The demise of a well-known ship is always poignant. In the case of LÉ Eithne, it also speaks to the wider malaise in the Naval Service.
Built in Cork in 1984, the former flagship sailed many thousands of miles on missions ranging from fisheries patrols off the Grand Banks of Newfoundland to a goodwill visit to Buenos Aires for the sesquicentenary of the death of Admiral William Brown, the Irish-born founder of the Argentine Navy. She also served on humanitarian missions in the Mediterranean.
It is unlikely the Naval Service could undertake such missions now. The problem is not ships. The LÉ Eithne – along with the smaller LÉ Ciara and LÉ Orla, which are also to be scrapped – is close to the end of her useful life. The Naval Service still has six modern offshore patrol ships, and two more inshore patrol ships are on the way.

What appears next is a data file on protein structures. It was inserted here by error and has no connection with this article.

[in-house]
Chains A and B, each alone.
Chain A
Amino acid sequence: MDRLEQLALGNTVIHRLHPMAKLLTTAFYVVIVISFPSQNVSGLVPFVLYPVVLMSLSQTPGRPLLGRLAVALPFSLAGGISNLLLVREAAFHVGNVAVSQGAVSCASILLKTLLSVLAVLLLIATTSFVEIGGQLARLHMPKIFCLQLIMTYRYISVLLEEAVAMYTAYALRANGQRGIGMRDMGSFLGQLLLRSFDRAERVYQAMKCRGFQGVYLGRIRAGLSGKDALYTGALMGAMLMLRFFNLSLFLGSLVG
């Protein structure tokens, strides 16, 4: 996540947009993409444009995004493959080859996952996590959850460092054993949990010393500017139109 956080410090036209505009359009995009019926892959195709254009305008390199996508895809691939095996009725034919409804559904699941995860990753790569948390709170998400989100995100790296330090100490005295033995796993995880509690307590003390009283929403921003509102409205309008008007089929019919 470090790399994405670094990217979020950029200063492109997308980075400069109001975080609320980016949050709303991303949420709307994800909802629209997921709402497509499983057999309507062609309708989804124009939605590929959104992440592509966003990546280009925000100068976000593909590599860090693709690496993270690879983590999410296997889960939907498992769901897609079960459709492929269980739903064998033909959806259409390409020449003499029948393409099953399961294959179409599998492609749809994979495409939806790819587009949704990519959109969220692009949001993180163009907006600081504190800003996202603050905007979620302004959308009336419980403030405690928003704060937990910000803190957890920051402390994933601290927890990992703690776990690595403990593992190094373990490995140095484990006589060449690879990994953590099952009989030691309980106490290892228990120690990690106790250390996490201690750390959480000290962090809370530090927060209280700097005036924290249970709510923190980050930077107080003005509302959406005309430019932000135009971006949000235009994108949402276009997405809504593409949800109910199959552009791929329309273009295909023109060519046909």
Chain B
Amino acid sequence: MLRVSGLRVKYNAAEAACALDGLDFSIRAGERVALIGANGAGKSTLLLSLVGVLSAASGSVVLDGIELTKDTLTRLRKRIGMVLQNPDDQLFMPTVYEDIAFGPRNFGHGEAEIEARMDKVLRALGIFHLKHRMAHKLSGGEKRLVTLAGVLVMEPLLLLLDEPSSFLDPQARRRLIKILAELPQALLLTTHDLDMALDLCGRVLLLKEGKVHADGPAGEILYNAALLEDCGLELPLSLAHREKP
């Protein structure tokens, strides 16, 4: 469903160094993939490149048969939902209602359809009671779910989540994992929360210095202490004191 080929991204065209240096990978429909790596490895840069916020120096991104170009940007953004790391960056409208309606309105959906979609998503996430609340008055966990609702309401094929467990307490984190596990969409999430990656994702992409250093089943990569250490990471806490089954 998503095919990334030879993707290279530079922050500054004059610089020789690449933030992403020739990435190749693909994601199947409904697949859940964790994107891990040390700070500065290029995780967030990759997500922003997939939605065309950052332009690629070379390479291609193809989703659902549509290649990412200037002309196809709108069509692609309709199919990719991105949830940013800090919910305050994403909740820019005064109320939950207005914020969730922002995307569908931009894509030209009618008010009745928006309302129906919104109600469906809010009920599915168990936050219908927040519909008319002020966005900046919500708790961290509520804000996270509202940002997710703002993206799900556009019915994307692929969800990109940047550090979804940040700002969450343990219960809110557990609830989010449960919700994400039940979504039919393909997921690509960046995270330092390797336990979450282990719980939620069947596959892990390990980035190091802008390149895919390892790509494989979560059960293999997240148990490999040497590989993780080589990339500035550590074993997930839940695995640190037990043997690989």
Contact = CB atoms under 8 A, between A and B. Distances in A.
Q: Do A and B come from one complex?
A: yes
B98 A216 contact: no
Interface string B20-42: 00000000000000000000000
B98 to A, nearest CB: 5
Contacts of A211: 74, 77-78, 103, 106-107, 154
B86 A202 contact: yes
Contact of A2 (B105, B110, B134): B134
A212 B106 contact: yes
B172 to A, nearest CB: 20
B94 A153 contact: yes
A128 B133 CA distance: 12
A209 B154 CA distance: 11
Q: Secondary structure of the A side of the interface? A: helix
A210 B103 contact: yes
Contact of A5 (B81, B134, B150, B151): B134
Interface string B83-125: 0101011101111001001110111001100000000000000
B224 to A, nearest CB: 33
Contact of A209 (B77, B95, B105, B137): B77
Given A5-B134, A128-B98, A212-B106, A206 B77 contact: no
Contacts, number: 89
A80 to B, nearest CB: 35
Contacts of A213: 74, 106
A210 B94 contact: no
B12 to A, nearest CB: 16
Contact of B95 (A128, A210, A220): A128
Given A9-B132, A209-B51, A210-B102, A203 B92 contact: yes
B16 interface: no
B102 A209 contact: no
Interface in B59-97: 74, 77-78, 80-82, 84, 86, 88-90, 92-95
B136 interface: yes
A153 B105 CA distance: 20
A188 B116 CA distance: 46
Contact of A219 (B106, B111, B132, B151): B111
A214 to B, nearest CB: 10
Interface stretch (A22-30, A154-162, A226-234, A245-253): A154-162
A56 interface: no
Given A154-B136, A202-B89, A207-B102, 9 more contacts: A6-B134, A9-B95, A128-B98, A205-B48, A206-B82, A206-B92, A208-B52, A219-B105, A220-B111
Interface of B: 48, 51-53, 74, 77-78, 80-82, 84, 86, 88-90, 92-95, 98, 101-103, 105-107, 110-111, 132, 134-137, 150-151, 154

However, the problem is that the Naval Service only has sufficient personnel to crew two ships, raising very serious doubts about our ability to meet obligations to effectively patrol our territorial waters and Exclusive Economic Zone (EEZ).
The recent interdiction by the Naval Service – along with other branches of the Defence Forces – of a cargo ship carrying cocaine worth €157 million bound for Europe serves to highlight the need to be able to properly police our waters. Similarly, the transit of four Russian vessels through the Irish EEZ earlier this year and similar incursions last year makes clear the urgent need to have more ships at sea.
The Government has announced measures to improve the recruitment and retention of naval personnel. They include an increase in the allowance paid to crew while they are at sea. But there are other issues affecting the wider Defence Forces that must be addressed including pensions, allowances for overseas service and the implementation of the working time directive.
Getting the Naval Service’s ships back to sea will require both money and a sense of urgency that is characteristically absent from our approach to national defence.